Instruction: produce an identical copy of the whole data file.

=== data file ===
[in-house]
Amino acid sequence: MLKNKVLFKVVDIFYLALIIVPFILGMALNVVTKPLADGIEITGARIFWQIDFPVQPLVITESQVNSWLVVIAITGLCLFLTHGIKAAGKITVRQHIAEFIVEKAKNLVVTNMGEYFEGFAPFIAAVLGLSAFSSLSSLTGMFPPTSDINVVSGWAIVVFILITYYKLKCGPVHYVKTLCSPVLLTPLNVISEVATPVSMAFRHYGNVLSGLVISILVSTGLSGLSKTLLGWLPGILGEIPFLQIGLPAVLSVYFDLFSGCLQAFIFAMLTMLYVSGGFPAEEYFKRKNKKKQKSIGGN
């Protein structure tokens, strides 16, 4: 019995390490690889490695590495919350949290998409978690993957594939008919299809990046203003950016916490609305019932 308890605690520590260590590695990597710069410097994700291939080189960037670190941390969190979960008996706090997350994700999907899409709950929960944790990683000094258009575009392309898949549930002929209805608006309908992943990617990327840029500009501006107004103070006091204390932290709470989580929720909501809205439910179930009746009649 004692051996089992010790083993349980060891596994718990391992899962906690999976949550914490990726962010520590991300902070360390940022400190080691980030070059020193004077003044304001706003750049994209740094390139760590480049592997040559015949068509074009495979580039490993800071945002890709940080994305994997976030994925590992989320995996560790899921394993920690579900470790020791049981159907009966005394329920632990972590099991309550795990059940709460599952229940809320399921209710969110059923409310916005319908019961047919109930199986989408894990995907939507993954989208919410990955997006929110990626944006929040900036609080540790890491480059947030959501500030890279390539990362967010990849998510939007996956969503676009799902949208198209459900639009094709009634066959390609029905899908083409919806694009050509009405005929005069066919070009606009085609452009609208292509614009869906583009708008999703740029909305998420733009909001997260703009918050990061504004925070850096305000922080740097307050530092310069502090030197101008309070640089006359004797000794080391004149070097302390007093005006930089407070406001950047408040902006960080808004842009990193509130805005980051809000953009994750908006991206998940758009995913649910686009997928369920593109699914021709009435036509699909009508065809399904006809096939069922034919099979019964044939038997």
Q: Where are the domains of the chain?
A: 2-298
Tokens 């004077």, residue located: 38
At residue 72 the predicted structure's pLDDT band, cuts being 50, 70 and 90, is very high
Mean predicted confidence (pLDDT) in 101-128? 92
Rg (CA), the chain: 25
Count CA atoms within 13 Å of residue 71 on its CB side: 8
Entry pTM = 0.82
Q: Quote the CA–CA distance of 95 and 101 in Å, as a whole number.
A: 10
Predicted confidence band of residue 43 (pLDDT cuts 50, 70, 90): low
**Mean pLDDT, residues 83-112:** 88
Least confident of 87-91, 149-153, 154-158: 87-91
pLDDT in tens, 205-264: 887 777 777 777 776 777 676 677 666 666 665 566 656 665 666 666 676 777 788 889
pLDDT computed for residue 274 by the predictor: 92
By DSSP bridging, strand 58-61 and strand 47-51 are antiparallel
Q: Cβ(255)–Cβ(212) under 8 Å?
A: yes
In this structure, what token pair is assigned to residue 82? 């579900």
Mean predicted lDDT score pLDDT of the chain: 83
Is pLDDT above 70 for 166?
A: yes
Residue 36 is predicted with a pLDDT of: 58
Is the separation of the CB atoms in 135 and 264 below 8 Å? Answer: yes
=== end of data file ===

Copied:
[in-house]
Amino acid sequence: MLKNKVLFKVVDIFYLALIIVPFILGMALNVVTKPLADGIEITGARIFWQIDFPVQPLVITESQVNSWLVVIAITGLCLFLTHGIKAAGKITVRQHIAEFIVEKAKNLVVTNMGEYFEGFAPFIAAVLGLSAFSSLSSLTGMFPPTSDINVVSGWAIVVFILITYYKLKCGPVHYVKTLCSPVLLTPLNVISEVATPVSMAFRHYGNVLSGLVISILVSTGLSGLSKTLLGWLPGILGEIPFLQIGLPAVLSVYFDLFSGCLQAFIFAMLTMLYVSGGFPAEEYFKRKNKKKQKSIGGN
């Protein structure tokens, strides 16, 4: 019995390490690889490695590495919350949290998409978690993957594939008919299809990046203003950016916490609305019932 308890605690520590260590590695990597710069410097994700291939080189960037670190941390969190979960008996706090997350994700999907899409709950929960944790990683000094258009575009392309898949549930002929209805608006309908992943990617990327840029500009501006107004103070006091204390932290709470989580929720909501809205439910179930009746009649 004692051996089992010790083993349980060891596994718990391992899962906690999976949550914490990726962010520590991300902070360390940022400190080691980030070059020193004077003044304001706003750049994209740094390139760590480049592997040559015949068509074009495979580039490993800071945002890709940080994305994997976030994925590992989320995996560790899921394993920690579900470790020791049981159907009966005394329920632990972590099991309550795990059940709460599952229940809320399921209710969110059923409310916005319908019961047919109930199986989408894990995907939507993954989208919410990955997006929110990626944006929040900036609080540790890491480059947030959501500030890279390539990362967010990849998510939007996956969503676009799902949208198209459900639009094709009634066959390609029905899908083409919806694009050509009405005929005069066919070009606009085609452009609208292509614009869906583009708008999703740029909305998420733009909001997260703009918050990061504004925070850096305000922080740097307050530092310069502090030197101008309070640089006359004797000794080391004149070097302390007093005006930089407070406001950047408040902006960080808004842009990193509130805005980051809000953009994750908006991206998940758009995913649910686009997928369920593109699914021709009435036509699909009508065809399904006809096939069922034919099979019964044939038997």
Q: Where are the domains of the chain?
A: 2-298
Tokens 């004077």, residue located: 38
At residue 72 the predicted structure's pLDDT band, cuts being 50, 70 and 90, is very high
Mean predicted confidence (pLDDT) in 101-128? 92
Rg (CA), the chain: 25
Count CA atoms within 13 Å of residue 71 on its CB side: 8
Entry pTM = 0.82
Q: Quote the CA–CA distance of 95 and 101 in Å, as a whole number.
A: 10
Predicted confidence band of residue 43 (pLDDT cuts 50, 70, 90): low
**Mean pLDDT, residues 83-112:** 88
Least confident of 87-91, 149-153, 154-158: 87-91
pLDDT in tens, 205-264: 887 777 777 777 776 777 676 677 666 666 665 566 656 665 666 666 676 777 788 889
pLDDT computed for residue 274 by the predictor: 92
By DSSP bridging, strand 58-61 and strand 47-51 are antiparallel
Q: Cβ(255)–Cβ(212) under 8 Å?
A: yes
In this structure, what token pair is assigned to residue 82? 């579900």
Mean predicted lDDT score pLDDT of the chain: 83
Is pLDDT above 70 for 166?
A: yes
Residue 36 is predicted with a pLDDT of: 58
Is the separation of the CB atoms in 135 and 264 below 8 Å? Answer: yes